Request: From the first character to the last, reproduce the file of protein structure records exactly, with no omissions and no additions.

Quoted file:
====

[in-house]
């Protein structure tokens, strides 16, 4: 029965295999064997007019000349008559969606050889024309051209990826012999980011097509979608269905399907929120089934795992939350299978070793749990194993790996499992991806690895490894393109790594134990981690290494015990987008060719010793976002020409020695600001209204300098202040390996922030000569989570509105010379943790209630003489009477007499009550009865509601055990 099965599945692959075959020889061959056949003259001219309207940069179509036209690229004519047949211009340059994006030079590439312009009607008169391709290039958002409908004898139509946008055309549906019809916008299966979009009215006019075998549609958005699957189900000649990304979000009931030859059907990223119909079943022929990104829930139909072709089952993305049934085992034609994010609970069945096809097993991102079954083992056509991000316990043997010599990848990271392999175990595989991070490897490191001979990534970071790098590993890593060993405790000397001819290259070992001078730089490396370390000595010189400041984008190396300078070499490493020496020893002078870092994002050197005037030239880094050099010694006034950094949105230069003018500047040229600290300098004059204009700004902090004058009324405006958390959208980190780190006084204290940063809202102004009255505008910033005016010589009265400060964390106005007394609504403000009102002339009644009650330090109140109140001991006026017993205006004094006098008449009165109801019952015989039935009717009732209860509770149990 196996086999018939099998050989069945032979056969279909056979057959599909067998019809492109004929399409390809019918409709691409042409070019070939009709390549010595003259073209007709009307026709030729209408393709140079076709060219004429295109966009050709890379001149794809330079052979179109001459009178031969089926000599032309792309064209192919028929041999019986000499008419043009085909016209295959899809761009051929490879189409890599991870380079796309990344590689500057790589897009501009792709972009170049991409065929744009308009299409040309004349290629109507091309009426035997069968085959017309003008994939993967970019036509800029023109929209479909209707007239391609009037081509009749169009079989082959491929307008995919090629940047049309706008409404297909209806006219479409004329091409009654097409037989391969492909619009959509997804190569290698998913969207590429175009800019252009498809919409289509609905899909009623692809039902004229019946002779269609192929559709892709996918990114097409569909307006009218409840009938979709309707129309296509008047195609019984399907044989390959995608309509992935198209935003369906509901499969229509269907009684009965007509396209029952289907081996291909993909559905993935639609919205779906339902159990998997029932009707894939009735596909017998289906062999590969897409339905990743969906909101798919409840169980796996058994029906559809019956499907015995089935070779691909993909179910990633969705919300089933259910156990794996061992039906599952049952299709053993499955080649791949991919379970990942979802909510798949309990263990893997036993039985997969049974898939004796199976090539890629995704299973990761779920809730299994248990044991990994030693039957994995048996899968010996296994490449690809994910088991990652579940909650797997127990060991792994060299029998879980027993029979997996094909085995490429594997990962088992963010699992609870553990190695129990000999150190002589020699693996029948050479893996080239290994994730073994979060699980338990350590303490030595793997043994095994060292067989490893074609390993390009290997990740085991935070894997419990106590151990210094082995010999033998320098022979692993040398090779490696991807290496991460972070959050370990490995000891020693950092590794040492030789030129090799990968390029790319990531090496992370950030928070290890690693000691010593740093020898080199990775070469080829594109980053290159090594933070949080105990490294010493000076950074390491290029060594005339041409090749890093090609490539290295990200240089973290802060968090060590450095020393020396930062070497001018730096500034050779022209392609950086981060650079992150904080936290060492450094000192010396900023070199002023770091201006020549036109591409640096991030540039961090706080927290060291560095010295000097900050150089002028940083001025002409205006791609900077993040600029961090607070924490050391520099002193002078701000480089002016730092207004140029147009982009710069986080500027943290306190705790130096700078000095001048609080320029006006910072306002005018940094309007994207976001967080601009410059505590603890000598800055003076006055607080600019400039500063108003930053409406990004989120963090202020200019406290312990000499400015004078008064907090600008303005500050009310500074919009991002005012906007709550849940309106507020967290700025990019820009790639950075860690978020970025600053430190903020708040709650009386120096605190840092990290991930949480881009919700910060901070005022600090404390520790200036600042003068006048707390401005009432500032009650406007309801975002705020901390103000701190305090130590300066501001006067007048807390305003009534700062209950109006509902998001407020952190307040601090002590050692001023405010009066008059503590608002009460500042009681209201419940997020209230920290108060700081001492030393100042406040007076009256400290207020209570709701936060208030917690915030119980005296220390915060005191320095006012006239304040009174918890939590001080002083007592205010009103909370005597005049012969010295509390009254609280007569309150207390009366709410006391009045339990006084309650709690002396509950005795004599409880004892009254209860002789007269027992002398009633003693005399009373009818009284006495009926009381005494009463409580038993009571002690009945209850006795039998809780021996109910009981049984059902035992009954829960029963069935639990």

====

[in-house]
């Protein structure tokens, strides 16, 4: 029965295999064997007019000349008559969606050889024309051209990826012999980011097509979608269905399907929120089934795992939350299978070793749990194993790996499992991806690895490894393109790594134990981690290494015990987008060719010793976002020409020695600001209204300098202040390996922030000569989570509105010379943790209630003489009477007499009550009865509601055990 099965599945692959075959020889061959056949003259001219309207940069179509036209690229004519047949211009340059994006030079590439312009009607008169391709290039958002409908004898139509946008055309549906019809916008299966979009009215006019075998549609958005699957189900000649990304979000009931030859059907990223119909079943022929990104829930139909072709089952993305049934085992034609994010609970069945096809097993991102079954083992056509991000316990043997010599990848990271392999175990595989991070490897490191001979990534970071790098590993890593060993405790000397001819290259070992001078730089490396370390000595010189400041984008190396300078070499490493020496020893002078870092994002050197005037030239880094050099010694006034950094949105230069003018500047040229600290300098004059204009700004902090004058009324405006958390959208980190780190006084204290940063809202102004009255505008910033005016010589009265400060964390106005007394609504403000009102002339009644009650330090109140109140001991006026017993205006004094006098008449009165109801019952015989039935009717009732209860509770149990 196996086999018939099998050989069945032979056969279909056979057959599909067998019809492109004929399409390809019918409709691409042409070019070939009709390549010595003259073209007709009307026709030729209408393709140079076709060219004429295109966009050709890379001149794809330079052979179109001459009178031969089926000599032309792309064209192919028929041999019986000499008419043009085909016209295959899809761009051929490879189409890599991870380079796309990344590689500057790589897009501009792709972009170049991409065929744009308009299409040309004349290629109507091309009426035997069968085959017309003008994939993967970019036509800029023109929209479909209707007239391609009037081509009749169009079989082959491929307008995919090629940047049309706008409404297909209806006219479409004329091409009654097409037989391969492909619009959509997804190569290698998913969207590429175009800019252009498809919409289509609905899909009623692809039902004229019946002779269609192929559709892709996918990114097409569909307006009218409840009938979709309707129309296509008047195609019984399907044989390959995608309509992935198209935003369906509901499969229509269907009684009965007509396209029952289907081996291909993909559905993935639609919205779906339902159990998997029932009707894939009735596909017998289906062999590969897409339905990743969906909101798919409840169980796996058994029906559809019956499907015995089935070779691909993909179910990633969705919300089933259910156990794996061992039906599952049952299709053993499955080649791949991919379970990942979802909510798949309990263990893997036993039985997969049974898939004796199976090539890629995704299973990761779920809730299994248990044991990994030693039957994995048996899968010996296994490449690809994910088991990652579940909650797997127990060991792994060299029998879980027993029979997996094909085995490429594997990962088992963010699992609870553990190695129990000999150190002589020699693996029948050479893996080239290994994730073994979060699980338990350590303490030595793997043994095994060292067989490893074609390993390009290997990740085991935070894997419990106590151990210094082995010999033998320098022979692993040398090779490696991807290496991460972070959050370990490995000891020693950092590794040492030789030129090799990968390029790319990531090496992370950030928070290890690693000691010593740093020898080199990775070469080829594109980053290159090594933070949080105990490294010493000076950074390491290029060594005339041409090749890093090609490539290295990200240089973290802060968090060590450095020393020396930062070497001018730096500034050779022209392609950086981060650079992150904080936290060492450094000192010396900023070199002023770091201006020549036109591409640096991030540039961090706080927290060291560095010295000097900050150089002028940083001025002409205006791609900077993040600029961090607070924490050391520099002193002078701000480089002016730092207004140029147009982009710069986080500027943290306190705790130096700078000095001048609080320029006006910072306002005018940094309007994207976001967080601009410059505590603890000598800055003076006055607080600019400039500063108003930053409406990004989120963090202020200019406290312990000499400015004078008064907090600008303005500050009310500074919009991002005012906007709550849940309106507020967290700025990019820009790639950075860690978020970025600053430190903020708040709650009386120096605190840092990290991930949480881009919700910060901070005022600090404390520790200036600042003068006048707390401005009432500032009650406007309801975002705020901390103000701190305090130590300066501001006067007048807390305003009534700062209950109006509902998001407020952190307040601090002590050692001023405010009066008059503590608002009460500042009681209201419940997020209230920290108060700081001492030393100042406040007076009256400290207020209570709701936060208030917690915030119980005296220390915060005191320095006012006239304040009174918890939590001080002083007592205010009103909370005597005049012969010295509390009254609280007569309150207390009366709410006391009045339990006084309650709690002396509950005795004599409880004892009254209860002789007269027992002398009633003693005399009373009818009284006495009926009381005494009463409580038993009571002690009945209850006795039998809780021996109910009981049984059902035992009954829960029963069935639990």